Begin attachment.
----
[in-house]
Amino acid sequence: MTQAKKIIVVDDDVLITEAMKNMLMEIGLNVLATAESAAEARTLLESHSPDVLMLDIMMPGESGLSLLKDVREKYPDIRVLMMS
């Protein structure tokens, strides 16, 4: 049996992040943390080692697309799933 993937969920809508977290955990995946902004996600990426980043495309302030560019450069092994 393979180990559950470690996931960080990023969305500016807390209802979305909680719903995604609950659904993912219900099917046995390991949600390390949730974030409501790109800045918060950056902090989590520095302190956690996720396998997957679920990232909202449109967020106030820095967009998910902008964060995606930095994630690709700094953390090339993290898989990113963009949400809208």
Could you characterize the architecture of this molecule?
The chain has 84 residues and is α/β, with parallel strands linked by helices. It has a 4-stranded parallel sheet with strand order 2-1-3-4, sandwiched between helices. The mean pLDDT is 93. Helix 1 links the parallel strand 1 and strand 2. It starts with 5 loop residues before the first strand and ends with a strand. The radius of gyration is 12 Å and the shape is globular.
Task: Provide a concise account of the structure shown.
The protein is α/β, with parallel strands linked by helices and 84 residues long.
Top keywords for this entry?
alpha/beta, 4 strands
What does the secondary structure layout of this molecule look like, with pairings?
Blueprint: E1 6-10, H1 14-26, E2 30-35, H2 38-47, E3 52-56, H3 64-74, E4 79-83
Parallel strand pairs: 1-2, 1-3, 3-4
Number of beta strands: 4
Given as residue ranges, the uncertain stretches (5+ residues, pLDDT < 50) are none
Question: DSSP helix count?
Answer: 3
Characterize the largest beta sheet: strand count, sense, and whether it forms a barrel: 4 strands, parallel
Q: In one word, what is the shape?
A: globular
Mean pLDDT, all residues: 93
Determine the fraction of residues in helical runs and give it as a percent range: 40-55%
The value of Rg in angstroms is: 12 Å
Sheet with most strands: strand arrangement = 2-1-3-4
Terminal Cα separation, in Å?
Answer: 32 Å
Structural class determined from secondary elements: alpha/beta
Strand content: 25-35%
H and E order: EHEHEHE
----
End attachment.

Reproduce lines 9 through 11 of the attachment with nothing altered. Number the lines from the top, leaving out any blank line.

alpha/beta, 4 strands
What does the secondary structure layout of this molecule look like, with pairings?
Blueprint: E1 6-10, H1 14-26, E2 30-35, H2 38-47, E3 52-56, H3 64-74, E4 79-83